Main Cleveland Newspaper Features a Cleveland Clinic-based Wiki

The Plain Dealer is the major newspaper in Cleveland and we are lucky to have Pulitzer-winning journalists writing for it. I especially enjoy the Friday section which lists many "things to do" for the weekend: festivals, museums, etc.

On Thursday, the front page of The Plain Dealer featured AskDrWiki, a medical wiki created by 4 cardiology fellows at the Cleveland Clinic. I know Ken Civello and Brian Jefferson and I think that they are incredibly bright and have a great future in front of them.

The medical wiki in question has unique, high-quality content, for example, more than 90 free videos of cardiac catheterizations. I can see web sites like AskDrWiki, maintained by experts, becoming competitors to UpToDate and other paid resources. UpToDate is useful but it charges "an arm and a leg" for individual subscriptions. Few companies can compete with free, if the quality is comparable. Look what happened to the once mighty encyclopedia Britannica -- it is gradually becoming irrelevant, out shined by the ever growing Wikipedia.

Medical wikis have several limitations to overcome to be recognized as trustworthy, and we have discussed them many times with Ken and Brian. They have one quality which likens them to Sergey Brin and Larry Page of Google - they attentively listen to requests and advice by users. For example, after David Rothman suggested a tighter control on who can edit the wiki, Ken and Brian introduced registration to insure that only medical professionals are registered as contributors. This is just on of the many problem solutions along the way of making medical wikis mainstream but it is a step in the right direction.

I do stay by my quote in The Plain Dealer article: "Sites like AskDrWiki will change the way we study and teach medicine."

For additional coverage (positive and negative) of AskDrWiki, please check:

Ask Dr Wiki vs medicine in Wikipedia.ScienceRoll.

Cleveland Plain Dealer on Medical Wikis. DavidRothman.net.

My own opinion is here: Medical Wikis May Change the Way We Study Medicine

Ken, one of AskDrWiki founders, started a blog which he will use to post announcements about the wiki, and most importantly, to ask for feedback from you -- students, physicians, nurses and general readers of medical blogs. Please welcome Ken to the medical blogosphere and Grand Rounds. He definitely has something interesting to say. Featuring interesting EKGs of the week doesn't hurt either.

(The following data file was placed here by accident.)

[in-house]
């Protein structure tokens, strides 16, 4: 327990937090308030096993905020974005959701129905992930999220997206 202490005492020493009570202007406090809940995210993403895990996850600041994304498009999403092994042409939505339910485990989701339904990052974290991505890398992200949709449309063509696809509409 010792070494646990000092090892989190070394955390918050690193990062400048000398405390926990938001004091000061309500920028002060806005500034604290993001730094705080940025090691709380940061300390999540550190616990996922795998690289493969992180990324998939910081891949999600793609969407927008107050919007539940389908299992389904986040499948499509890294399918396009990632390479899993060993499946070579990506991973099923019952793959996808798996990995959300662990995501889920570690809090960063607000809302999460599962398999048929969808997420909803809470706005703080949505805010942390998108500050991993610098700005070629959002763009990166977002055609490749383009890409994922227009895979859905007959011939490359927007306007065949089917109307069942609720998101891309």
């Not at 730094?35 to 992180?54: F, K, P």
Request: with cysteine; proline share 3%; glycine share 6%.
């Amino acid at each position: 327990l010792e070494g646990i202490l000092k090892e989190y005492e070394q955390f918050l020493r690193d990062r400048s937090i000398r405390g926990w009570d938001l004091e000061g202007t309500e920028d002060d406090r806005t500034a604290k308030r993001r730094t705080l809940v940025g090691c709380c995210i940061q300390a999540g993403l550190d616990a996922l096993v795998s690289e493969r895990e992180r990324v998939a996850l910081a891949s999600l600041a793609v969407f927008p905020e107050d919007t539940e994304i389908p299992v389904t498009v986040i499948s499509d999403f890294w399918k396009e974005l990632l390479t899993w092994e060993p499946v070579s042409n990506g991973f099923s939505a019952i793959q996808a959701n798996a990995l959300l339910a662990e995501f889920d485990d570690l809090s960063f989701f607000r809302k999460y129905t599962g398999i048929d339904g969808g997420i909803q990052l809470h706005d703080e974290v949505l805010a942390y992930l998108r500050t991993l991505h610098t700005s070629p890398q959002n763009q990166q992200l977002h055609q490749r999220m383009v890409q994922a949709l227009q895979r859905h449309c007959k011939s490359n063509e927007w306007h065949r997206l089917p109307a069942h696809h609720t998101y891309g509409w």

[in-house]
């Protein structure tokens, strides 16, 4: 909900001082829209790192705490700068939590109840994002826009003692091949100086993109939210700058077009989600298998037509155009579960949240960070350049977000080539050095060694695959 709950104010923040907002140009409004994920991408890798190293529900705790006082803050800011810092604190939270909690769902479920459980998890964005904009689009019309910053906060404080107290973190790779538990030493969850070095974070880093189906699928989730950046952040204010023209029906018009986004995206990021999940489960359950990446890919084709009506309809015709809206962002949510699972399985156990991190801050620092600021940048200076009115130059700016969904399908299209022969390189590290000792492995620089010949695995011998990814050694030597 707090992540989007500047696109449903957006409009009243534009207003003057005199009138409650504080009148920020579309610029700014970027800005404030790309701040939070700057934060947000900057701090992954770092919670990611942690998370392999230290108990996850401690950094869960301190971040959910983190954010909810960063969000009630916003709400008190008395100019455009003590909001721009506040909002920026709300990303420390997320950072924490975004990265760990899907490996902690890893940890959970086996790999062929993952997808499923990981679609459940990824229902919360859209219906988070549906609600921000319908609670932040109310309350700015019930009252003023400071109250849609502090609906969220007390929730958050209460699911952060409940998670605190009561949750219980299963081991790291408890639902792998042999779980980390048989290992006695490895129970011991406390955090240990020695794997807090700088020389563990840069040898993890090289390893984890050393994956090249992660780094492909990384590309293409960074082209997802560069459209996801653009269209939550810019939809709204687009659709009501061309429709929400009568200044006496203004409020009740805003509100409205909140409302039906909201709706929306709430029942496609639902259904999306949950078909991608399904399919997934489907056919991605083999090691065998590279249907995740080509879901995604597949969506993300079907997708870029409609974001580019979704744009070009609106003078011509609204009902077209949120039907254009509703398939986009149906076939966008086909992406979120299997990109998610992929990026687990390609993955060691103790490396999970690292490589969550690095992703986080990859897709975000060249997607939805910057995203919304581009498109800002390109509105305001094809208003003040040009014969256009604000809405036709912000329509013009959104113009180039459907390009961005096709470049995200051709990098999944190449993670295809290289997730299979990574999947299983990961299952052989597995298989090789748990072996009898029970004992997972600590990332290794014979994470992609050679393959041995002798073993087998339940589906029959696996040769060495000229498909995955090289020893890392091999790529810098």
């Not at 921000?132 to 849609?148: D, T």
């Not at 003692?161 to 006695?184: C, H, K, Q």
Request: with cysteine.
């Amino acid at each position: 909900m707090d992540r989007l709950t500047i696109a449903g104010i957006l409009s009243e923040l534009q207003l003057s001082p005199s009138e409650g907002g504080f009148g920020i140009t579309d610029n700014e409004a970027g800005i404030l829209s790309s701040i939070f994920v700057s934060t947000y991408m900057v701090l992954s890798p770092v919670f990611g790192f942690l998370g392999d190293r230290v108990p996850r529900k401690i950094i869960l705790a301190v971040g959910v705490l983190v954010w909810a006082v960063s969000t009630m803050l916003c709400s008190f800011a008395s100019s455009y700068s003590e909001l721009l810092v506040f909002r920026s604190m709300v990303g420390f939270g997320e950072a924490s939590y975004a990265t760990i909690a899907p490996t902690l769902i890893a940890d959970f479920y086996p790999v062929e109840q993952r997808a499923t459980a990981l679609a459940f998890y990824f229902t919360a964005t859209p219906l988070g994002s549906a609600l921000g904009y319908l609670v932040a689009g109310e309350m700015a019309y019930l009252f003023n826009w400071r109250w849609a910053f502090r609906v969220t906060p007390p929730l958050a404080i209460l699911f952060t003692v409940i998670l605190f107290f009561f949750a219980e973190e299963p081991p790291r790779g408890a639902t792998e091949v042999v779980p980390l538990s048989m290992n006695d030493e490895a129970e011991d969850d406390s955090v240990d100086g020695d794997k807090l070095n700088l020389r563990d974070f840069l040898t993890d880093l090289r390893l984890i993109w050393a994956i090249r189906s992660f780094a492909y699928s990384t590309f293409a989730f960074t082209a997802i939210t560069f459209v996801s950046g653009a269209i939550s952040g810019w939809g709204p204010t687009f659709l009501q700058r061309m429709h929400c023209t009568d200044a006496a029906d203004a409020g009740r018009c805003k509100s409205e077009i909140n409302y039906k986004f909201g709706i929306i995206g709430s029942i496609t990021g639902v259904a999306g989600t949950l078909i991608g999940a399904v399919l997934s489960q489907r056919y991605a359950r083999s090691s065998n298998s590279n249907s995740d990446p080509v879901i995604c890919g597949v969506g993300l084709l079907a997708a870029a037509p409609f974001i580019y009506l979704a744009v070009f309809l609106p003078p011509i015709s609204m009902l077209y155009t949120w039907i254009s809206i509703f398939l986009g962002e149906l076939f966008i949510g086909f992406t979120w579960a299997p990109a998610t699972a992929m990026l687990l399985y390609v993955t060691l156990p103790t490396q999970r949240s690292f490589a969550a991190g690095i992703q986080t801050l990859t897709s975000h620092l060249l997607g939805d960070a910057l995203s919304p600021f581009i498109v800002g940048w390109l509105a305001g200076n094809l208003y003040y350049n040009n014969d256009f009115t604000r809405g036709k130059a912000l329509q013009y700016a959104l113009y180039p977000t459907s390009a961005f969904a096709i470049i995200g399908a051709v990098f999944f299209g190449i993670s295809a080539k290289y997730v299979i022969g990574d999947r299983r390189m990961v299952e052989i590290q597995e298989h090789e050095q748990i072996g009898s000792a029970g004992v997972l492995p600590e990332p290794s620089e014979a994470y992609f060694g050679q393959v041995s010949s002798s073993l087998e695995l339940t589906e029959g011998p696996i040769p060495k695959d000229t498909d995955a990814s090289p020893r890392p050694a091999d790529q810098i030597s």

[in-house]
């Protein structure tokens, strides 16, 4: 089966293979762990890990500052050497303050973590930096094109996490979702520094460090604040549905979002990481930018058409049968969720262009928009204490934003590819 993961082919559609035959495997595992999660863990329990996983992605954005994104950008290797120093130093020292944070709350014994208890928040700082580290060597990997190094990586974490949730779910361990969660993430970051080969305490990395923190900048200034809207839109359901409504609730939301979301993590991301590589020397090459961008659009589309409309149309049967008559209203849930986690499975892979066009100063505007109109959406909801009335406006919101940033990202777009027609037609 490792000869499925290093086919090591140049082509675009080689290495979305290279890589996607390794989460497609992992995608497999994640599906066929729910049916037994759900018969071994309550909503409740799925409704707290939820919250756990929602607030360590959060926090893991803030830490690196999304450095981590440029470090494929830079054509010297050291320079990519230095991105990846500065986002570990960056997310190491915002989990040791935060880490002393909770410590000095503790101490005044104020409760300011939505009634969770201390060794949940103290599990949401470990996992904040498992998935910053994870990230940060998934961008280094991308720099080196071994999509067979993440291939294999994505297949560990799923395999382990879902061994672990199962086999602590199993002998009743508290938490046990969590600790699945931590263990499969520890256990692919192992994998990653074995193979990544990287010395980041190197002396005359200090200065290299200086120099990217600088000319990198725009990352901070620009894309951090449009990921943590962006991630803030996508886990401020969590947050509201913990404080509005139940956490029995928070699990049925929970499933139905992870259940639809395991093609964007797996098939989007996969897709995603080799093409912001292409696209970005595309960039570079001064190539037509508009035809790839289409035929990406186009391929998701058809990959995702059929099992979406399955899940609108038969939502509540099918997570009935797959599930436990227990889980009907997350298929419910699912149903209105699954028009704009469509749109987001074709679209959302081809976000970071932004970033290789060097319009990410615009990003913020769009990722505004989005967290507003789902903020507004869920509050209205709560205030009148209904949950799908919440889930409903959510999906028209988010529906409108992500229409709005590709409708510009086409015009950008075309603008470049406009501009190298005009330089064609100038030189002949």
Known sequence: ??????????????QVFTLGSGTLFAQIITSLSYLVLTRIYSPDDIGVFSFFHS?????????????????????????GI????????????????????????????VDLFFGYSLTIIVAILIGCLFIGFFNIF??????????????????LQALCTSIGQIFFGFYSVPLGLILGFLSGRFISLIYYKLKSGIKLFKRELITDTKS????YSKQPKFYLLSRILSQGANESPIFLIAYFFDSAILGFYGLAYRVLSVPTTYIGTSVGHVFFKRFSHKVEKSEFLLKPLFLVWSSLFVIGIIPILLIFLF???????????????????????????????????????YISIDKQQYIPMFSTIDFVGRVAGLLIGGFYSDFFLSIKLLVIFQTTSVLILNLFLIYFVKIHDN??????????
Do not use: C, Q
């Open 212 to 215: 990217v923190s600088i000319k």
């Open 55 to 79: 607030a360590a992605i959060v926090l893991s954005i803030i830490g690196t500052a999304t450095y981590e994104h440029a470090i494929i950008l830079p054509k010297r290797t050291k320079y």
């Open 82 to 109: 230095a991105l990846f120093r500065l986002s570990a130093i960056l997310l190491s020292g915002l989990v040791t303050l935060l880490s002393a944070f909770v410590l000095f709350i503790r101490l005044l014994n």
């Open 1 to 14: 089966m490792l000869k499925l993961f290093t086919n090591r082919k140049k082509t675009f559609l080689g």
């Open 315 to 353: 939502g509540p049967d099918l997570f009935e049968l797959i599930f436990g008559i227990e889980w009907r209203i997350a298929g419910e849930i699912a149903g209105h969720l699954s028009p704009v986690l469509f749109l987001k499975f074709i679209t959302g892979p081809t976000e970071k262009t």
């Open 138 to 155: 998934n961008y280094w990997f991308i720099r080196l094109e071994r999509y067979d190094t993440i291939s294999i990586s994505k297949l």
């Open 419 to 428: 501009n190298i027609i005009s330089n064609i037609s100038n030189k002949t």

References:
Same excuses. DavidRothman.net.
Medical wikis: the future of medicine? ScienceRoll.
Medscape interview w/ Bertalan Meskó (Medical Wikis) ScienceRoll.
Technology for the rest of us: Easy to use wikis. Tobias Buckell, BloggingStocks.

Image source: DavidRothman.net, The Plain Dealer.

2 comments:

  1. Timely post for me.
    I took what I thought was a big step this weekend and published a new technique I developed for robotic surgery on my blog and google video instead of a journal.
    I had the idea of making a robotic surgery series on my blog.

    http://www.njurology.com/RoboticSurgeryBlog/2007/03/delivery_of_the_median_lobe_a.php#more

    I am hoping to add other pieces as well from other people and have control of what goes on it to keep only decent stuff there. This addresses one issue I would have with the wiki: making sure legitimate authorities are writing.

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  2. Thanks for sharing the idea and the video. You are a true Web 2.0-surgeon :)

    You should still submit it to a journal, if you want to get it published in the peer-reviewed literature. One thing does not exclude the other as long as the journal publishers do not mind that the online publication occurred before the printed one. I still publish many things at meetings and journals and continue to enjoy it. Blogs and wikis will not replace the peer-reviewed literature in a foreseeable future (if ever).

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